Well, it has been some long driving days and limited cell access, so I’ll try to catch up now.
Yesterday, I headed out of Fargo on Interstate 94 for the Theodore Roosevelt National Park. It was a long drive on one of Eisenhower’s first interstate projects. Straight and fast, people plow down the road going an average of 75-85 MPH and you really need to, otherwise, you’d be on that road for-evah!
A brief stop in Bismark to re-fuel and a quick peanut butter and jelly sandwich at a roadside rest stop were my only two stops. I wanted to get up to the North Unit before 4 PM so I could score a campsite and it paid off. I lucked out with a choice spot right under a large cottonwood tree with a view of one of the many buttes.
So, risking another pun, I have to say that this part of the world is butte-tee-ful. Once I got of Int. 95 and drove up Highway 85, I started to see why Teddy Roosevelt retreated here to recover from the grief of losing both his young wife and his mother on the same day: Feb. 14, 1884. He was only 25 years old, and he wrote that his life ended that day, he was so grief-stricken.
But he came here and had a couple of Mainers build him a little cabin and there he rocked on his rocking chair and attempted to become a cattle rancher. Well, that didn’t work out when he lost 60% of his cattle during a very cold winter, and so he moved back to New York and started his political career. He was quoted to have said, that without the Dakotas, he would never have been president. Thankfully, for all of us, he did become president and made it his mission to preserve our natural parks. Thank you, Teddy!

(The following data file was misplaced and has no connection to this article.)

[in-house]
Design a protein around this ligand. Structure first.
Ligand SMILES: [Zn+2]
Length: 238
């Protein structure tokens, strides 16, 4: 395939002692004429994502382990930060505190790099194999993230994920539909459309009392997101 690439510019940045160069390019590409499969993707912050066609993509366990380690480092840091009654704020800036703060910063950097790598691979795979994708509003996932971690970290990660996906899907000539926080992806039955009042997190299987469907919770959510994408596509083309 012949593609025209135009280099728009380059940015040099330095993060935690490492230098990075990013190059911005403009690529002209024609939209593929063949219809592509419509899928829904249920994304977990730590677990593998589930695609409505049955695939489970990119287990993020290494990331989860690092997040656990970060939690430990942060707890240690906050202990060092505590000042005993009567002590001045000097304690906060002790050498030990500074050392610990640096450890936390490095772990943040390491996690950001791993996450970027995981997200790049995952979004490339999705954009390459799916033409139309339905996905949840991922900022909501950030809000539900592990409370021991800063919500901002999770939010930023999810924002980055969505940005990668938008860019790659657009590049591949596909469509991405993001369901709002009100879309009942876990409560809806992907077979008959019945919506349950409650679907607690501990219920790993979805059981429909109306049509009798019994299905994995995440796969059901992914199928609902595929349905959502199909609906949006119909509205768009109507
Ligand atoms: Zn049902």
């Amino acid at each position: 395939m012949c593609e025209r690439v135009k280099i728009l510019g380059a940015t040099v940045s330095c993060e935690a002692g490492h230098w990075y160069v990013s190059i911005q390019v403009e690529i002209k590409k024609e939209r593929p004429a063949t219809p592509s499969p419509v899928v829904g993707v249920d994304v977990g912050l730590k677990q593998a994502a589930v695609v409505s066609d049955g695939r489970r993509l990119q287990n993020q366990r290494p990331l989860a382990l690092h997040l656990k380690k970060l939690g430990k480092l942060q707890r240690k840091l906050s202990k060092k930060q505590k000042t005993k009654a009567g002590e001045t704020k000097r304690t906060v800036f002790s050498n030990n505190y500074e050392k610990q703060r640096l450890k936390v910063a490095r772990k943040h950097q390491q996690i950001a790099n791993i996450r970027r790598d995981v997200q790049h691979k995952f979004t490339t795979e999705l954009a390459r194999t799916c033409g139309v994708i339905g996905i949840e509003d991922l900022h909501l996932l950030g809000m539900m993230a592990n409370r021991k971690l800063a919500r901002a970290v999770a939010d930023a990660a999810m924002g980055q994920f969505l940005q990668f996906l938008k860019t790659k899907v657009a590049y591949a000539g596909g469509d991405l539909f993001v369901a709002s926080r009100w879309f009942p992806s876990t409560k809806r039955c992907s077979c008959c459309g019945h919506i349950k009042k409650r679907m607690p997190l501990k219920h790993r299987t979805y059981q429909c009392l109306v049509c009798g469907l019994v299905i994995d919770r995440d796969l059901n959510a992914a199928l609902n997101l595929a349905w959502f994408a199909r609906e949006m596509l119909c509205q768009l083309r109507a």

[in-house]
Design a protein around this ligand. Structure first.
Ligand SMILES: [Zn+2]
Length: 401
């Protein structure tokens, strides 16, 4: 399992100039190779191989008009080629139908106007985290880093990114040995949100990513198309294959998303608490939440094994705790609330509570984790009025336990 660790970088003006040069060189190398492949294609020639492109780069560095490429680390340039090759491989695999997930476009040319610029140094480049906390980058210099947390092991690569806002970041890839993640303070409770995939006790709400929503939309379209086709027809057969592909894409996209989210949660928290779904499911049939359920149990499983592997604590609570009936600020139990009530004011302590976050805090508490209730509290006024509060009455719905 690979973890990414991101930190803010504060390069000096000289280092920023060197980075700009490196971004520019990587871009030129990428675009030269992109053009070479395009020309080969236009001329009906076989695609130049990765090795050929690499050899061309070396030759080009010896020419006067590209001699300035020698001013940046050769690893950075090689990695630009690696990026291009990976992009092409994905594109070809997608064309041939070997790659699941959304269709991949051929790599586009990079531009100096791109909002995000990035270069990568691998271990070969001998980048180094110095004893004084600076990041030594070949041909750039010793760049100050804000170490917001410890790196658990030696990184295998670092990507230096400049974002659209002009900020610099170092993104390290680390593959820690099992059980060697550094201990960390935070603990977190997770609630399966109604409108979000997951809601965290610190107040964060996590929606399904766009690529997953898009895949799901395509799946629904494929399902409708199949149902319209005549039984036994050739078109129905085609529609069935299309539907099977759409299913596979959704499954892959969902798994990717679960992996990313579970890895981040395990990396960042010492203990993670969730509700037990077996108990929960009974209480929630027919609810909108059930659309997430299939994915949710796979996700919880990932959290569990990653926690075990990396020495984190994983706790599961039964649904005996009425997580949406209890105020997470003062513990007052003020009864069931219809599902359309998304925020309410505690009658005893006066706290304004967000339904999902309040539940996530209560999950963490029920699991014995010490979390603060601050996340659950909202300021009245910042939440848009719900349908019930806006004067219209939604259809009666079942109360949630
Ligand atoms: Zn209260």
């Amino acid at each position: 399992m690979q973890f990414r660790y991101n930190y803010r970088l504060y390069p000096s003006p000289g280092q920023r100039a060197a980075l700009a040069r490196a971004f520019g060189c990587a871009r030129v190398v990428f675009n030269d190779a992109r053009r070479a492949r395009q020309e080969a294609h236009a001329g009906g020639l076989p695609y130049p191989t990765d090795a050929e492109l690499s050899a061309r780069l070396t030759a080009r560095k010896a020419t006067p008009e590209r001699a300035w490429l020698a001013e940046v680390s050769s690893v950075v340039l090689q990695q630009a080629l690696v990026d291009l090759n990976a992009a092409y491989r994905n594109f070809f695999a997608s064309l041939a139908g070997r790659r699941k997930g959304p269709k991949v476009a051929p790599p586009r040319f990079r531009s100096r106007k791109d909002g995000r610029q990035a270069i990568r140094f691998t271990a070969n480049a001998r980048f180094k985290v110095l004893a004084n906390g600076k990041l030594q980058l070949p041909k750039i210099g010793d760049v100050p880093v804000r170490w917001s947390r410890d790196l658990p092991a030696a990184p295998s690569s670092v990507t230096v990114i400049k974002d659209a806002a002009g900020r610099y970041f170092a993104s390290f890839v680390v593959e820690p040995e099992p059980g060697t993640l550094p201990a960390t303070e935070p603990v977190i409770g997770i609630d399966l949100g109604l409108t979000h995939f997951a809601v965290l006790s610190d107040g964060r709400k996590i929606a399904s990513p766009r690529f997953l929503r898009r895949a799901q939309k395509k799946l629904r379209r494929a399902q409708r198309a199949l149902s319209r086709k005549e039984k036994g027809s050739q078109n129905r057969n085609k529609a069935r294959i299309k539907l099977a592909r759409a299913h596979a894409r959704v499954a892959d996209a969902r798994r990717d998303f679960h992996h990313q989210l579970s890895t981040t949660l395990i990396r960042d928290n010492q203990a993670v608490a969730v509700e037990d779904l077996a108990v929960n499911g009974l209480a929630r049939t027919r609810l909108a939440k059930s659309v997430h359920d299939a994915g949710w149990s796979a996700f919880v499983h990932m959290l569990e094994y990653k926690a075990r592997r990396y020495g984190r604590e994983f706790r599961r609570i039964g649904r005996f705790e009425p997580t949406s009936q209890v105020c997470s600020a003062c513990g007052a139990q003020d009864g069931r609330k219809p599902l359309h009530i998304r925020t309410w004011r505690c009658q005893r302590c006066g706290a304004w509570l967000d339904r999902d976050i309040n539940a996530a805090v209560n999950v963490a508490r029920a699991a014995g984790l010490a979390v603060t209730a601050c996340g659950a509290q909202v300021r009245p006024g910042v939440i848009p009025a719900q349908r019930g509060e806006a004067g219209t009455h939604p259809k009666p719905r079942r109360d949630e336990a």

So, at my campsite, I met Arliss. She was a sweet “prairie dog” from near Fargo and she loved her state. She is retired and travels about in a Class 3 camper van, and winters over in Texas. She is a birder and not a fan of Trump’s. Yay! In fact, most people I have met are NOT Trumpsters. Could be because I am camping that that sort of culls the herd, but I also am detecting that most people are starting to find him a joke if they already haven’t.
Richard in Duluth told me he was a “conservative” by nature, but he thinks Trump is a clown and is destroying the farmers. John from Minnesota, carries a 9mm when he hikes (for the bears) but also thinks this administration is a joke. And then the park’s employee cleaning the bathrooms this morning told me that the entire Washington scene was ineffective and ridiculous. No argument here!
But I did have ONE encounter with a Trumpster this morning. Linda, from Wisconsin asked me (after overhearing me call Trump an asshole) if I couldn’t find SOMETHING good Trump has done. No! But then she said what about all the jobs he created. Oh, dear. I asked her what KIND of jobs these were and that after being laid off 4 years ago the only jobs I can find are low paying and without benefits. “Oh, I’m sorry for you, but Mr. Trump is doing a great job,” she replied. Then, she said, “you should talk to my husband.” Uh, no thanks. I would but, really, what good would that do? Plus, I had to go see the park. I shook her hand and said, “I’m sure if we had a beer together, we’d find out that we have more in common than we don’t”. And I left it at that.
Driving down Highway 85 to the South Unit was a frightening experience. Big rigs hauling oil and gas drive 80 MPH down this two lane road and shake my small Rav4 each time they pass. I have to hold on for dear life. Up and down this stretch of road are oil rigs with roughnecks working them and living in boom towns like Dickinson and Watford City. These “cities” popped up in the last 10 years when oil was discovered and drilled. The men live in “camps” of trailers and cabins. Very depressing and odd when compared to the natural beauty of the parks.
And my how they are beautiful. Buttes and rivers, bison, elk, and prairie dogs. Hiking along these paths are awe inspiring.
I could write more, but I have to get on the road again now and get back to my camp before nightfall. Will post more soon.
Love to you all from this solo road trip.